Making Time for Your Spouse

Everyone’s busy. But if you’re married, it’s important you’re making time for your spouse.

If you’re married, think back to your wedding day. Remember the most important part … your vows? What did you promise your spouse?

If your vows were like mine, you might have made promises to love, honor and cherish each other. In sickness and health. In poverty and wealth. Until death do you part.

But one phrase couples neglect to include – but maybe should start to promise – is that love, honor, and cherishing in busyness and in leisure.

Everyone's busy. But if you're married, it's important you're making time for your spouse.

Imagine what your daily life could look like managing your home with homemaking routines (and loving it!) as opposed to the chaos of life without homemaking routines.

The danger of busyness

How well are we loving, honoring, and cherishing our spouses in busyness and leisure? How well do you make time for your spouse?

I know that on my wedding day, as I gazed into my husband’s eyes, I fully intended on loving him every day. I never expected life to get so hectic that it was hard to spend much time alone together.

When life gets busy (and boy, does it get busy!), it’s hard enough to feel like you have time to hear yourself think, let alone find time to spend connecting with your spouse.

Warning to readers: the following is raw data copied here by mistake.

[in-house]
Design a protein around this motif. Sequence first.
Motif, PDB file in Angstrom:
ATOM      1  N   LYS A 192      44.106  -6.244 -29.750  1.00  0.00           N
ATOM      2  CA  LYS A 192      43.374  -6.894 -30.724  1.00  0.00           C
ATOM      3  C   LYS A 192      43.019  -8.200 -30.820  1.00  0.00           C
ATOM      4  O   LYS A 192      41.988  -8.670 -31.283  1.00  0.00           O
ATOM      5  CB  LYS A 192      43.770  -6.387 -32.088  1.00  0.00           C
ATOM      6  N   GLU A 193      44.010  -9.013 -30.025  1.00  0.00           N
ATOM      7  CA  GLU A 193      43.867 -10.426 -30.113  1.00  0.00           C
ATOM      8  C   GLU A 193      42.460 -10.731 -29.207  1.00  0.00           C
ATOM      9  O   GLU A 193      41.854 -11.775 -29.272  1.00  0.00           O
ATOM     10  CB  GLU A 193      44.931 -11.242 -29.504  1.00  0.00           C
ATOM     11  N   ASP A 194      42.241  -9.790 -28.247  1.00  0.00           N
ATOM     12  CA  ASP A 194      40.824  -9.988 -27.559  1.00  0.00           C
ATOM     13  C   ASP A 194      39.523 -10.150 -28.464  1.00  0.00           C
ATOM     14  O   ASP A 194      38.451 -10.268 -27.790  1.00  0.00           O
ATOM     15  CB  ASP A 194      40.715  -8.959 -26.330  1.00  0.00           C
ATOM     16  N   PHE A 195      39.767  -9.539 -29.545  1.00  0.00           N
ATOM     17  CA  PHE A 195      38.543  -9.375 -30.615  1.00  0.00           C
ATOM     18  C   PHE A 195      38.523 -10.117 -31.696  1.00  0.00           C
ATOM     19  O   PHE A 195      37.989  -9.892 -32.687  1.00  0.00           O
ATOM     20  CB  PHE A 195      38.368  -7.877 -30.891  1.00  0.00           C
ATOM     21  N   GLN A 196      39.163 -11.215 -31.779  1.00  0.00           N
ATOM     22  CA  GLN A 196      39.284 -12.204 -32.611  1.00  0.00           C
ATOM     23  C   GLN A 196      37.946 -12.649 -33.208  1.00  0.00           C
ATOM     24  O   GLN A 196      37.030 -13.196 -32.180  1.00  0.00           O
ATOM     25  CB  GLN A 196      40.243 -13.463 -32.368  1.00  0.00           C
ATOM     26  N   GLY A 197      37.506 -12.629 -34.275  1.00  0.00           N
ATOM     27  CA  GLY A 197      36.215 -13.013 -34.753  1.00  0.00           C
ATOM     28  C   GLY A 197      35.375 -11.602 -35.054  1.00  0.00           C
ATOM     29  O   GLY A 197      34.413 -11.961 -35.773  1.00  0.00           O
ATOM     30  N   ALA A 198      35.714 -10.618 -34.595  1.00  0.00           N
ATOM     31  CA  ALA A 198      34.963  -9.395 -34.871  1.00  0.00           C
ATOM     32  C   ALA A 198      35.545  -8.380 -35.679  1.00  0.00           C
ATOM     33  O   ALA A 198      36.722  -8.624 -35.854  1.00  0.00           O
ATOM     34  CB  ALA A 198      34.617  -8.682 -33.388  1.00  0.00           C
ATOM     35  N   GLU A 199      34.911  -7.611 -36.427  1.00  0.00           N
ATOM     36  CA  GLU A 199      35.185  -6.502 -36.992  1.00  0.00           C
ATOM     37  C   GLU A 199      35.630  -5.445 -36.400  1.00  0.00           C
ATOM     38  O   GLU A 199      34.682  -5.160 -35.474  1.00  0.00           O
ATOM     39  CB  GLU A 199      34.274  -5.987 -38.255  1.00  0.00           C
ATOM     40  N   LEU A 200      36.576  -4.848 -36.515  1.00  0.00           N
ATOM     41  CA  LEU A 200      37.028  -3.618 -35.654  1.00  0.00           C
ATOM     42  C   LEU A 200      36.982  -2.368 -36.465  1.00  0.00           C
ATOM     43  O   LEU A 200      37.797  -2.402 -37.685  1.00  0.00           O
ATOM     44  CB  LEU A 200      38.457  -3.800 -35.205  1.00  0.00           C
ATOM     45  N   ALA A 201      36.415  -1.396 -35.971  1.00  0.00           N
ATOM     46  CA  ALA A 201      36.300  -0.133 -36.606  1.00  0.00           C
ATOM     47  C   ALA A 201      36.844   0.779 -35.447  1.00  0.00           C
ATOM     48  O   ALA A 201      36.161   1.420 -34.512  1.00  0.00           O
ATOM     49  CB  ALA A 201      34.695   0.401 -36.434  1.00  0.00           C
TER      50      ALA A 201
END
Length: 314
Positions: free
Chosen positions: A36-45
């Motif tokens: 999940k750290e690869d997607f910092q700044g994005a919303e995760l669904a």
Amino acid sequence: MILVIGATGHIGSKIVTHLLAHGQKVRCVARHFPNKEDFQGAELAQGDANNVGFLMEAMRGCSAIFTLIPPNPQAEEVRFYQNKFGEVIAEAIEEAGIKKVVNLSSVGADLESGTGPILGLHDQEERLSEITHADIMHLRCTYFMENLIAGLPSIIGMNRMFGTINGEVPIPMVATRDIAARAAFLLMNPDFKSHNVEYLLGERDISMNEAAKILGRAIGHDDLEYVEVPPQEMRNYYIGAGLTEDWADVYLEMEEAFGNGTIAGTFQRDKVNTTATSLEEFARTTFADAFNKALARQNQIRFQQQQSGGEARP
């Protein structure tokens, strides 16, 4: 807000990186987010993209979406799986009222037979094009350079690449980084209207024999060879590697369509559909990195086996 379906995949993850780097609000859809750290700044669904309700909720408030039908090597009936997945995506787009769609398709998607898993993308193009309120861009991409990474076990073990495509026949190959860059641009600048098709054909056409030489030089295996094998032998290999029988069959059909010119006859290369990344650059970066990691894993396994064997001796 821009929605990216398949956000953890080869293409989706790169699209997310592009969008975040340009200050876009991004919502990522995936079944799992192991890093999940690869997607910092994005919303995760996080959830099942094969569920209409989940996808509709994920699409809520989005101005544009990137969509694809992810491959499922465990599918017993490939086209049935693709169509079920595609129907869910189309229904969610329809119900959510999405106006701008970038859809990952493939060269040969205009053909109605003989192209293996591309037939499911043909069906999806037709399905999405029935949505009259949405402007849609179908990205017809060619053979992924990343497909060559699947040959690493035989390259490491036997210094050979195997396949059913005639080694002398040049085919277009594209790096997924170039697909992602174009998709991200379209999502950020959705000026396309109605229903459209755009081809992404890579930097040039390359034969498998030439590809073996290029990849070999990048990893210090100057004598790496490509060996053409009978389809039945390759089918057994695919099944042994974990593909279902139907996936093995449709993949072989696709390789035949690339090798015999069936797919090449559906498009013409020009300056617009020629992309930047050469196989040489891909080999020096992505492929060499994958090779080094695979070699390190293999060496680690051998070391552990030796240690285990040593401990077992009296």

In marriage, one of the biggest snares to intimacy is found in busyness.

Because of that, it is so very important to make time for your spouse. To create that time, I’ve found that connecting every day, every couple weeks and a couple times a year can really strengthen a marriage.

Connecting every day

Every day, whether you have hours to spend together, or you feel like you’re just exchanging high fives and kisses as you pass each other on the way out the door, or you’re separated by distance, connect with each other – preferably in a way where you can look into each other’s eyes.

Make time for your spouse by giving each other your full attention for a few minutes. Get past focusing on the demands of everyday life and dig deeper. Ask meaningful questions – and focus on your spouse’s answers. Use this time intentionally to connect with your spouse.

In Genesis 2:24, marriage is meant to unite a husband and wife; it’s meant to turn two lives into one. To be one, you need to know each other. To know each other – especially if you’re away from each other for most of the day – you need to communicate about what’s happening in your lives.

(If and when you’re tempted to get so focused on your life that you’re accomplishing everything on your own, take a step back and remember that you and your spouse are joined together … you’re not separate.)
Everyone's busy. But if you're married, it's important you're making time for your spouse.

Connecting every couple weeks

While daily times of catching up with each other is good – and necessary – dates every couple week are so important.

These dates may change a lot depending on your season of life. If you don’t have children, you can go out for a date whenever you have free time together. If you do have children, your dates might solely depend on babysitting.